Physicists 3D print microscopic Star Trek spaceship that moves on its own

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Physicists 3D print microscopic Star Trek spaceship that moves on its own
Physicists 3D print microscopic Star Trek spaceship that moves on its own

3D-printing can achieve some incredible things, but few would have anticipated a microscopic Star Trek Voyager would be created to research microswimmers.

Physicists from Leiden University have been working on several microscopic items to study microswimmers. The research team previously developed a 10-micrometre ‘Benchy the tugboat’, and they have continued to develop some unusual vessels since.

The tiny USS Voyager, which is smaller than the width of a human hair, is one of the most surprising things the team has printed but, much like the miniature tugboat, it has a specific purpose.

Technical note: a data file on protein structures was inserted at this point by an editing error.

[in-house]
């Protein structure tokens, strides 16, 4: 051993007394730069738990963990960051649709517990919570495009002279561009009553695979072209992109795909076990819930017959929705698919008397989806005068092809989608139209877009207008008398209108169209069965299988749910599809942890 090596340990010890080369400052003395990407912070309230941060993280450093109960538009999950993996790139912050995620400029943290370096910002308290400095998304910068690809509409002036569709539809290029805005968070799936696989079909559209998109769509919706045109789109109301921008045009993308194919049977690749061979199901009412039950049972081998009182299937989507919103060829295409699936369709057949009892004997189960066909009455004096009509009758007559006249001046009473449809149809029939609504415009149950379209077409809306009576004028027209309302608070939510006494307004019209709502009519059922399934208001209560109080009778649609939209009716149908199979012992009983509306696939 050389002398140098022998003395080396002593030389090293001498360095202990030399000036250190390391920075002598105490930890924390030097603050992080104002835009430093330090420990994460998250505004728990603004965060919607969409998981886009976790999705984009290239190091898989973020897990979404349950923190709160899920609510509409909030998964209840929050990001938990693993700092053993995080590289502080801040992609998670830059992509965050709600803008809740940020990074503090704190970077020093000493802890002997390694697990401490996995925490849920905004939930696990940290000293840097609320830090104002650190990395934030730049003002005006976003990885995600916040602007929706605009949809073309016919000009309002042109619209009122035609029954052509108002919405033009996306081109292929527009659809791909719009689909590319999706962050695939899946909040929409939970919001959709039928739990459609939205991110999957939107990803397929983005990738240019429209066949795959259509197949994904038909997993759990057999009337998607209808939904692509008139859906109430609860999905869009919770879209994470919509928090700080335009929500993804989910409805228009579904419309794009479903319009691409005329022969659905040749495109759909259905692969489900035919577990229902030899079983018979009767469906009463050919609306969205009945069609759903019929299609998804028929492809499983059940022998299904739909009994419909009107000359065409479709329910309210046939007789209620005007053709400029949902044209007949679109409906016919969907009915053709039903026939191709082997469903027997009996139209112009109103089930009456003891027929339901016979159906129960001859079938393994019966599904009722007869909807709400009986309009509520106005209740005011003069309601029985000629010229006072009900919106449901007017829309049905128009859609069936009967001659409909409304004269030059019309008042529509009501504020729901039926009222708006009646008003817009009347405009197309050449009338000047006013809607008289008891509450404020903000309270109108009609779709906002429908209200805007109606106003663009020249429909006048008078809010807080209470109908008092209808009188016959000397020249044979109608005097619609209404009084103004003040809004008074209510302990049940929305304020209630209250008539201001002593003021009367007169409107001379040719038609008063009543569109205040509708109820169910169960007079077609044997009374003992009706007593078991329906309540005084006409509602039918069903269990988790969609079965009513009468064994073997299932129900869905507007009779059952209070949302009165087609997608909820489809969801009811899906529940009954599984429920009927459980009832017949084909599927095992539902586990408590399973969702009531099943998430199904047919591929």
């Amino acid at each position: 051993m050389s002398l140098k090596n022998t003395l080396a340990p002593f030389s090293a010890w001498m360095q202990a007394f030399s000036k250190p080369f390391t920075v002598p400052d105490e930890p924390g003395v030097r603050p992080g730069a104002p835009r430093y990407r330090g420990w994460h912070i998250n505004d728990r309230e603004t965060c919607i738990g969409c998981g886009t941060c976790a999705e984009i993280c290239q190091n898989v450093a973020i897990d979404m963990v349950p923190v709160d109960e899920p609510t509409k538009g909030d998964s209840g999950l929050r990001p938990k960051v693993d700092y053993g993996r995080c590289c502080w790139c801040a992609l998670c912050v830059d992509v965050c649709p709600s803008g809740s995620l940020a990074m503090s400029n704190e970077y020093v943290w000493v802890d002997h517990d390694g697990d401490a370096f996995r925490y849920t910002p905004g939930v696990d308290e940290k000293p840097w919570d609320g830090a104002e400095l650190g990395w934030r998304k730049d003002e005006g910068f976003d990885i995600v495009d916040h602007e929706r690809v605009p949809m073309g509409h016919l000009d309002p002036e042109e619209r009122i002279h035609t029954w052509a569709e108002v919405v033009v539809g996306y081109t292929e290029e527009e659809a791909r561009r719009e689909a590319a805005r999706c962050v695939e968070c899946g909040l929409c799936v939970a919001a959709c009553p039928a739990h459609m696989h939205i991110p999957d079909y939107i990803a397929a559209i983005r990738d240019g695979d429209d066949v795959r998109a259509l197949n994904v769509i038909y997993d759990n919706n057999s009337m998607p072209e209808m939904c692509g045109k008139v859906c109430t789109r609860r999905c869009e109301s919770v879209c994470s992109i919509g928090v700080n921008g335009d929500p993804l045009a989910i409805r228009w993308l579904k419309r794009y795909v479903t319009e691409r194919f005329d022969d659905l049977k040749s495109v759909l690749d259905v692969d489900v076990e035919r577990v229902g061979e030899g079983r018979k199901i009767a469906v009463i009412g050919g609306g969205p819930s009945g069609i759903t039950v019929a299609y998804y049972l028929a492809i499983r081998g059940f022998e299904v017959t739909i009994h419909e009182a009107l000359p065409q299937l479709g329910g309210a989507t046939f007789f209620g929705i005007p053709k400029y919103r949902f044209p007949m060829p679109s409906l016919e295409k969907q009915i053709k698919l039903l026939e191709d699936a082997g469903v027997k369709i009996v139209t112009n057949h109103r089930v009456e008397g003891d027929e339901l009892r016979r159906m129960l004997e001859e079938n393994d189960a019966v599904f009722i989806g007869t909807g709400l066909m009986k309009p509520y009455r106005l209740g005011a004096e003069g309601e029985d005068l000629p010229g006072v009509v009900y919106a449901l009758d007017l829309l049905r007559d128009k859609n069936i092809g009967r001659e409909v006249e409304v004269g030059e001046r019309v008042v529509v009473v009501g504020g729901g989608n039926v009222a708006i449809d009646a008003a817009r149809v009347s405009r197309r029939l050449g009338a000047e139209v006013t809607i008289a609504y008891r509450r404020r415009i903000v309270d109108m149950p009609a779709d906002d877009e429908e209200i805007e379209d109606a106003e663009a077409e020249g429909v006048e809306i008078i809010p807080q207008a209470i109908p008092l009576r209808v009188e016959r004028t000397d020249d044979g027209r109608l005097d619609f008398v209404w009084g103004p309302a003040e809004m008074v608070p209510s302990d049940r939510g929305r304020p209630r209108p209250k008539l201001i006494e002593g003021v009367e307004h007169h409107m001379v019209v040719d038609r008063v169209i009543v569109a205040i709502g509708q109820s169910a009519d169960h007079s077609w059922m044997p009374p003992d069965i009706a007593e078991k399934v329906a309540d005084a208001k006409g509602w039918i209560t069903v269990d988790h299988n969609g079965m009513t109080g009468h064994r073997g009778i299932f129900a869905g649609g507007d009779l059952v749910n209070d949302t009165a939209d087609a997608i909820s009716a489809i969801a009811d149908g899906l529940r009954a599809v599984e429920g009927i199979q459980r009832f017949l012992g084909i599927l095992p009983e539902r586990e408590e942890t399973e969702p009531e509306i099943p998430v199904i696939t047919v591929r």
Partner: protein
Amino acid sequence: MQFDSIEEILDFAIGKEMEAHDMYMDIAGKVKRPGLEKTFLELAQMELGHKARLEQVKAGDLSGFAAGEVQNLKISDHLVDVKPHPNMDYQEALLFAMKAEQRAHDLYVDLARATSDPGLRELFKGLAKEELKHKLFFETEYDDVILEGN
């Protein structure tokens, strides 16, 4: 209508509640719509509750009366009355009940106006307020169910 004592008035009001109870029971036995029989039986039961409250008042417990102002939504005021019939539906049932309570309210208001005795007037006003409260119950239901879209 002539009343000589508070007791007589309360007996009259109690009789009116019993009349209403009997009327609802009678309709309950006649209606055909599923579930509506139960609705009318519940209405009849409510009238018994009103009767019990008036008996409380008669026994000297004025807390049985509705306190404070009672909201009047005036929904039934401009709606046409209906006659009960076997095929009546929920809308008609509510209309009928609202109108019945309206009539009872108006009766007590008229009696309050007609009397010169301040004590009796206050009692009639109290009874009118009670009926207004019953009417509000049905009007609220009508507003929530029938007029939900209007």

The recreated USS Voyager is 5 micrometres in length and uses chemical reactions to give it thrust. The platinum coating of the ship reacts with a hydrogen peroxide solution to make it mobile. The tiny ship has been printed by focusing lasers inside of droplets that leads to hardening, and once this has been done the shapes can be built. However, the research is not being done simply to show the achievements of 3D-printing; the team have been experimenting with several designs to better understand microswimmers.

Microswimmers are colloidal particles that are roughly the same size as bacteria. As a result of this research, the team want to uncover how these tiny particles move and whether they can aid further medical research. A sure way to test the behaviour of microswimmers is by introducing different shapes, like the USS Voyager, into the research, PC Gamer reports.

It seems incredibly unlikely that a USS Voyager that can barely be seen by the naked eye would be able to improve drug delivery and give a greater understanding of how microswimmers operate. Nonetheless, this is exactly what the team at Leiden University are using this 3D-printing technique to do.

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